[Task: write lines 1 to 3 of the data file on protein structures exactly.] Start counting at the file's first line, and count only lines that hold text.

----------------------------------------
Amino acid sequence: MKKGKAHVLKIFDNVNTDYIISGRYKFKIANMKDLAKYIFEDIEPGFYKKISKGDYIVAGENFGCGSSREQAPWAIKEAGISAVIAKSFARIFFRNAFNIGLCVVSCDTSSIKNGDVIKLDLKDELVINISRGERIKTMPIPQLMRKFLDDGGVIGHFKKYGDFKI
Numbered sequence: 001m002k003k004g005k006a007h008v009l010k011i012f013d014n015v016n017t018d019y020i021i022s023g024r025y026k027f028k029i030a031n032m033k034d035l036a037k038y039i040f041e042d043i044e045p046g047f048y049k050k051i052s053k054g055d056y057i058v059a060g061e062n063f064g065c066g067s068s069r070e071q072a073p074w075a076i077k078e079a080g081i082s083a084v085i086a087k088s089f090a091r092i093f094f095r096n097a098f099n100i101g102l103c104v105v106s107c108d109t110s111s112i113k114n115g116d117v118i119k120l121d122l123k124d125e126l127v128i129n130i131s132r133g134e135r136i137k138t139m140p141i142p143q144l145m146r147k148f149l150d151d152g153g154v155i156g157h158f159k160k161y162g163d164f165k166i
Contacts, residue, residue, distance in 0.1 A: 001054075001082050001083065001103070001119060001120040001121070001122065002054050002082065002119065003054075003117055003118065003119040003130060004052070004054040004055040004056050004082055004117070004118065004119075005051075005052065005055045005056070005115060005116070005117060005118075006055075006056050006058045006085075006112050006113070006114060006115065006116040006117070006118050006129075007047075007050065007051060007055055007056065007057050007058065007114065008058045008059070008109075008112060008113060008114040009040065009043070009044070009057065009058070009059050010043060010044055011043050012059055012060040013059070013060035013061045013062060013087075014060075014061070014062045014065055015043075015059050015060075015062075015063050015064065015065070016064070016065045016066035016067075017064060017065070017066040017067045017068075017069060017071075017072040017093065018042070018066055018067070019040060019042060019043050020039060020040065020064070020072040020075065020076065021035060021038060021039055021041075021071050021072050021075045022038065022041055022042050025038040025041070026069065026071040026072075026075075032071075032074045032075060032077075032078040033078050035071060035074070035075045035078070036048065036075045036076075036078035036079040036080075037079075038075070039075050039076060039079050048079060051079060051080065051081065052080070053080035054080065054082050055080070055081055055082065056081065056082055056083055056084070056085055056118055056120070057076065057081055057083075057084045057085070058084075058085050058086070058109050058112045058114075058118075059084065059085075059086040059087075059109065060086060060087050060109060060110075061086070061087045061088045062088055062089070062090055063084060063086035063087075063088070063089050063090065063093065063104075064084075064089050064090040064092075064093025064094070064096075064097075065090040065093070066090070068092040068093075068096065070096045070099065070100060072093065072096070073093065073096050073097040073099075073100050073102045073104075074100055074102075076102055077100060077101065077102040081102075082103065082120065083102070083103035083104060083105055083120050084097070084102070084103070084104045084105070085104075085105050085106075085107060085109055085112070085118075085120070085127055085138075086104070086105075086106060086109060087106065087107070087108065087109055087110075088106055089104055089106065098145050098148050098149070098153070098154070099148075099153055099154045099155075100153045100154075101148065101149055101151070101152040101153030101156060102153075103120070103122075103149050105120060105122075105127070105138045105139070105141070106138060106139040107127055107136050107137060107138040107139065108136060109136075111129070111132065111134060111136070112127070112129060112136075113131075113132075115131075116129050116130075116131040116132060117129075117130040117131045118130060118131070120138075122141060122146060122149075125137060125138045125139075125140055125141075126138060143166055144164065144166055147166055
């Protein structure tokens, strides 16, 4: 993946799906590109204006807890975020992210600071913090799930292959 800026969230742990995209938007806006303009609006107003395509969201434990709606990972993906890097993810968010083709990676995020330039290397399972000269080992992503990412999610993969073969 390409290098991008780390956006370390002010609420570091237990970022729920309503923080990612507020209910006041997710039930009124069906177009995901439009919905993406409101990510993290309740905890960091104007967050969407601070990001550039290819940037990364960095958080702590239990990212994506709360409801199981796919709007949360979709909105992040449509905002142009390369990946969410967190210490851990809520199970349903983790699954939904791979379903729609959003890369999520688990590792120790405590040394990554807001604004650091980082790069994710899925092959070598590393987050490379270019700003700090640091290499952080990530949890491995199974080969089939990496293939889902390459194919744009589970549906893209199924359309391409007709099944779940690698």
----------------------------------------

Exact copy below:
Amino acid sequence: MKKGKAHVLKIFDNVNTDYIISGRYKFKIANMKDLAKYIFEDIEPGFYKKISKGDYIVAGENFGCGSSREQAPWAIKEAGISAVIAKSFARIFFRNAFNIGLCVVSCDTSSIKNGDVIKLDLKDELVINISRGERIKTMPIPQLMRKFLDDGGVIGHFKKYGDFKI
Numbered sequence: 001m002k003k004g005k006a007h008v009l010k011i012f013d014n015v016n017t018d019y020i021i022s023g024r025y026k027f028k029i030a031n032m033k034d035l036a037k038y039i040f041e042d043i044e045p046g047f048y049k050k051i052s053k054g055d056y057i058v059a060g061e062n063f064g065c066g067s068s069r070e071q072a073p074w075a076i077k078e079a080g081i082s083a084v085i086a087k088s089f090a091r092i093f094f095r096n097a098f099n100i101g102l103c104v105v106s107c108d109t110s111s112i113k114n115g116d117v118i119k120l121d122l123k124d125e126l127v128i129n130i131s132r133g134e135r136i137k138t139m140p141i142p143q144l145m146r147k148f149l150d151d152g153g154v155i156g157h158f159k160k161y162g163d164f165k166i
Contacts, residue, residue, distance in 0.1 A: 001054075001082050001083065001103070001119060001120040001121070001122065002054050002082065002119065003054075003117055003118065003119040003130060004052070004054040004055040004056050004082055004117070004118065004119075005051075005052065005055045005056070005115060005116070005117060005118075006055075006056050006058045006085075006112050006113070006114060006115065006116040006117070006118050006129075007047075007050065007051060007055055007056065007057050007058065007114065008058045008059070008109075008112060008113060008114040009040065009043070009044070009057065009058070009059050010043060010044055011043050012059055012060040013059070013060035013061045013062060013087075014060075014061070014062045014065055015043075015059050015060075015062075015063050015064065015065070016064070016065045016066035016067075017064060017065070017066040017067045017068075017069060017071075017072040017093065018042070018066055018067070019040060019042060019043050020039060020040065020064070020072040020075065020076065021035060021038060021039055021041075021071050021072050021075045022038065022041055022042050025038040025041070026069065026071040026072075026075075032071075032074045032075060032077075032078040033078050035071060035074070035075045035078070036048065036075045036076075036078035036079040036080075037079075038075070039075050039076060039079050048079060051079060051080065051081065052080070053080035054080065054082050055080070055081055055082065056081065056082055056083055056084070056085055056118055056120070057076065057081055057083075057084045057085070058084075058085050058086070058109050058112045058114075058118075059084065059085075059086040059087075059109065060086060060087050060109060060110075061086070061087045061088045062088055062089070062090055063084060063086035063087075063088070063089050063090065063093065063104075064084075064089050064090040064092075064093025064094070064096075064097075065090040065093070066090070068092040068093075068096065070096045070099065070100060072093065072096070073093065073096050073097040073099075073100050073102045073104075074100055074102075076102055077100060077101065077102040081102075082103065082120065083102070083103035083104060083105055083120050084097070084102070084103070084104045084105070085104075085105050085106075085107060085109055085112070085118075085120070085127055085138075086104070086105075086106060086109060087106065087107070087108065087109055087110075088106055089104055089106065098145050098148050098149070098153070098154070099148075099153055099154045099155075100153045100154075101148065101149055101151070101152040101153030101156060102153075103120070103122075103149050105120060105122075105127070105138045105139070105141070106138060106139040107127055107136050107137060107138040107139065108136060109136075111129070111132065111134060111136070112127070112129060112136075113131075113132075115131075116129050116130075116131040116132060117129075117130040117131045118130060118131070120138075122141060122146060122149075125137060125138045125139075125140055125141075126138060143166055144164065144166055147166055